Format

Send to

Choose Destination
J Clin Invest. 2012 Jan;122(1):91-106. doi: 10.1172/JCI59466. Epub 2011 Dec 1.

Administration of BMP2/7 in utero partially reverses Rubinstein-Taybi syndrome-like skeletal defects induced by Pdk1 or Cbp mutations in mice.

Author information

1
Department of Immunology and Infectious Diseases, Harvard School of Public Health, Boston, Massachusetts, USA. jshim@hsph.harvard.edu

Erratum in

  • J Clin Invest. 2012 May 1;122(5):1948.

Abstract

Mutations in the coactivator CREB-binding protein (CBP) are a major cause of the human skeletal dysplasia Rubinstein-Taybi syndrome (RTS); however, the mechanism by which these mutations affect skeletal mineralization and patterning is unknown. Here, we report the identification of 3-phosphoinositide-dependent kinase 1 (PDK1) as a key regulator of CBP activity and demonstrate that its functions map to both osteoprogenitor cells and mature osteoblasts. In osteoblasts, PDK1 activated the CREB/CBP complex, which in turn controlled runt-related transcription factor 2 (RUNX2) activation and expression of bone morphogenetic protein 2 (BMP2). These pathways also operated in vivo, as evidenced by recapitulation of RTS spectrum phenotypes with osteoblast-specific Pdk1 deletion in mice (Pdk1osx mice) and by the genetic interactions observed in mice heterozygous for both osteoblast-specific Pdk1 deletion and either Runx2 or Creb deletion. Finally, treatment of Pdk1osx and Cbp+/- embryos with BMPs in utero partially reversed their skeletal anomalies at birth. These findings illustrate the in vivo function of the PDK1-AKT-CREB/CBP pathway in bone formation and provide proof of principle for in utero growth factor supplementation as a potential therapy for skeletal dysplasias.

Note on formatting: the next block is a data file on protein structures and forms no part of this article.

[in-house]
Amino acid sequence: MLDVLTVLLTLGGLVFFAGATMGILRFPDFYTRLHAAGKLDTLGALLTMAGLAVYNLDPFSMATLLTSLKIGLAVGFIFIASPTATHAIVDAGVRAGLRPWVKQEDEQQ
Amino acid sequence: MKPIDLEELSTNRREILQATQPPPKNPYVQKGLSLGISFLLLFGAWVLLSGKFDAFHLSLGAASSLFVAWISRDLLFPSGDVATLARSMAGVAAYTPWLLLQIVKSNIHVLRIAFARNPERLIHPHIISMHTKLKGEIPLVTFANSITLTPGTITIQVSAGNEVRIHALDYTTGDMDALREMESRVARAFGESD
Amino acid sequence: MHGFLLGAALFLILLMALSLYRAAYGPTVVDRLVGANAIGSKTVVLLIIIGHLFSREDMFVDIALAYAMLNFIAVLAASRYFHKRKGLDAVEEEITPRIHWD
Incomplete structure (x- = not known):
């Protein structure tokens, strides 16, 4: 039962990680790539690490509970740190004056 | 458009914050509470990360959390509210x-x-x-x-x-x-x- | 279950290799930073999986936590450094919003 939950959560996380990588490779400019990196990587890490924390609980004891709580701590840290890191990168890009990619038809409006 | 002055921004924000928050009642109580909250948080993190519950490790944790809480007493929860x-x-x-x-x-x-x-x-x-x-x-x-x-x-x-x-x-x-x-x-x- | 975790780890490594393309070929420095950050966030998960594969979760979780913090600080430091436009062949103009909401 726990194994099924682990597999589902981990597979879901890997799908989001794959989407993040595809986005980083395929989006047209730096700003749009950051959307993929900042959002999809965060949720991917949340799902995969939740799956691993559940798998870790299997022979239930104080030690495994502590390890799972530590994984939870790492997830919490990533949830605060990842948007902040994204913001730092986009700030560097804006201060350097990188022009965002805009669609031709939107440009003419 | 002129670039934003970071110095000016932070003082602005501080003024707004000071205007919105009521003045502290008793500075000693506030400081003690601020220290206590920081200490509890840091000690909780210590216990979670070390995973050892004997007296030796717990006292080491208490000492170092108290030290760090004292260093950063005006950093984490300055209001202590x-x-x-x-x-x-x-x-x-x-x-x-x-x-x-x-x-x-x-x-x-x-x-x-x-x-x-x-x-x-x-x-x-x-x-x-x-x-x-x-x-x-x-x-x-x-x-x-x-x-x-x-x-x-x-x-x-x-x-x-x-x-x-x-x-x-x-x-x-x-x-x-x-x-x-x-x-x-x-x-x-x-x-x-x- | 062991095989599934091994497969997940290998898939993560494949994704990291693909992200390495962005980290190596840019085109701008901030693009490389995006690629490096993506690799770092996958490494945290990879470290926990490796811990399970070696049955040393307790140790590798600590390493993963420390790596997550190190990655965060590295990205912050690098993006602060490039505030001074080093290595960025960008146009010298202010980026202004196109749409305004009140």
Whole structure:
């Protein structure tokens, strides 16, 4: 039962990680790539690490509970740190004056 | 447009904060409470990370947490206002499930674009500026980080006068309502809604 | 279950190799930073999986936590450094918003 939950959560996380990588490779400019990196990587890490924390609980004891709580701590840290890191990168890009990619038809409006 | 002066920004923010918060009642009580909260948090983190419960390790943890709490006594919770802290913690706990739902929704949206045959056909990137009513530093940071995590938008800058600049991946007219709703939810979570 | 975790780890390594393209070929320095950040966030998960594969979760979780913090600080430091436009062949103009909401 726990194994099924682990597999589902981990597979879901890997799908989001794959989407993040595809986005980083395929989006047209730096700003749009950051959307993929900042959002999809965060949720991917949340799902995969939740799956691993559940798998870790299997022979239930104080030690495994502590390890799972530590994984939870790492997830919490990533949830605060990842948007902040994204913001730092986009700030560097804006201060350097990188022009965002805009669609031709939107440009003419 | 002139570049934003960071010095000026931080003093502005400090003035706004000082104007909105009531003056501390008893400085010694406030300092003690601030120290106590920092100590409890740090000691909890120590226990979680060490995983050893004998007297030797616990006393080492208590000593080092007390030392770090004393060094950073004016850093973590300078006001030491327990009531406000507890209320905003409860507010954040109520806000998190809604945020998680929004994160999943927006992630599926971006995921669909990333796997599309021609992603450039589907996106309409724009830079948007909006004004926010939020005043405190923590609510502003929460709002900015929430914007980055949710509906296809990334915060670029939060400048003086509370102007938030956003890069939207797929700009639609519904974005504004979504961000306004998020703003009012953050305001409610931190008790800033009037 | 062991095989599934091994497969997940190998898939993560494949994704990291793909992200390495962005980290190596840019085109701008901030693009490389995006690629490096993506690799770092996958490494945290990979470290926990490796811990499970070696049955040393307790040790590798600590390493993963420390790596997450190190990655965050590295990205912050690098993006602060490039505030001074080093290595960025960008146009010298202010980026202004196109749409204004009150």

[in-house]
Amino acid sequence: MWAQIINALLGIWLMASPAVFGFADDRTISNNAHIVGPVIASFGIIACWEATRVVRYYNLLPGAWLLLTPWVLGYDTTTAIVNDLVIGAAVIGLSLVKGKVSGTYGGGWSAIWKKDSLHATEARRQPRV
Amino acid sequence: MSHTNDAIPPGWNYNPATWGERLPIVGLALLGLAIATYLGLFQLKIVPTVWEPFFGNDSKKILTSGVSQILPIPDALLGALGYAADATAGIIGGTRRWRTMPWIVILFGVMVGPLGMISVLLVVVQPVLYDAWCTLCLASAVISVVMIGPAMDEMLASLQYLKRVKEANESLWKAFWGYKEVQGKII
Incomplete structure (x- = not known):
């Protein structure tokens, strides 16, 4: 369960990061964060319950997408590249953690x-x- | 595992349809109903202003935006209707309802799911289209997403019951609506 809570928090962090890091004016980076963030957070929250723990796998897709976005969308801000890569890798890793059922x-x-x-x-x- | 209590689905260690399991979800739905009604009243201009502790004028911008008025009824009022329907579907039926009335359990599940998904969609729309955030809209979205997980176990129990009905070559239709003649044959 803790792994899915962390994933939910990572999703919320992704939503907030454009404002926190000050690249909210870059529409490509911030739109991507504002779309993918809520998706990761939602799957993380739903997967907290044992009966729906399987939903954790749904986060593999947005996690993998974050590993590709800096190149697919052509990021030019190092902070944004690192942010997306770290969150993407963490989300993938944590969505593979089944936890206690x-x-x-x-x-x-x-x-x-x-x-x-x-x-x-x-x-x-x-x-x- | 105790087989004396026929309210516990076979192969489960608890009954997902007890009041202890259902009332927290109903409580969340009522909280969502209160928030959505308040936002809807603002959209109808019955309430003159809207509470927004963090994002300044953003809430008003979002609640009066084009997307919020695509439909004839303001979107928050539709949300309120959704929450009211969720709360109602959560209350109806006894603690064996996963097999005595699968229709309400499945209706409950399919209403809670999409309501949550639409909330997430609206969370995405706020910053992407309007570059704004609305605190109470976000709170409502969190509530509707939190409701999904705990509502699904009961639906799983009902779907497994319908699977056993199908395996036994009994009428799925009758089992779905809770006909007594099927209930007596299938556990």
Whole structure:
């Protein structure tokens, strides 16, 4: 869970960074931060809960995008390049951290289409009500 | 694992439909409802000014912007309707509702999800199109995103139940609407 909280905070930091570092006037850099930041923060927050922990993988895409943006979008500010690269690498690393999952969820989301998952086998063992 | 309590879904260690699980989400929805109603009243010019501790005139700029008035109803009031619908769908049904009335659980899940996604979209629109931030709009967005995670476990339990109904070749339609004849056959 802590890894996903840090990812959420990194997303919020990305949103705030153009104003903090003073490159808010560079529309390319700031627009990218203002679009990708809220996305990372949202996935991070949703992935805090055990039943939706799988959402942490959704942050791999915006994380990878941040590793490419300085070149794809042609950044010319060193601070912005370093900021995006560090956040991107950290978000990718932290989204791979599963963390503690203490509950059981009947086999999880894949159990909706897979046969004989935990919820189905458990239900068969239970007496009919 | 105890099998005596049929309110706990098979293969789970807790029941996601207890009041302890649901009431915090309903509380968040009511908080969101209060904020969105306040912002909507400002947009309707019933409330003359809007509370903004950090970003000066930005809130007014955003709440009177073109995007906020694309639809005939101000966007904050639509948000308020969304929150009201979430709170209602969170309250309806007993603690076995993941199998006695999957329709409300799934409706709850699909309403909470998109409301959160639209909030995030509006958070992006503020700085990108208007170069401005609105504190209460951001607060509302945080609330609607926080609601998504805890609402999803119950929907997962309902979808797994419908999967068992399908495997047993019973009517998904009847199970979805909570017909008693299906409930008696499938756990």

PMID:
22133875
PMCID:
PMC3248303
DOI:
10.1172/JCI59466
[Indexed for MEDLINE]
Free PMC Article

Publication types, MeSH terms, Substances, Grant support

Publication types

MeSH terms

Substances

Grant support

Supplemental Content

Full text links

Icon for American Society for Clinical Investigation Icon for PubMed Central
Loading ...
Support Center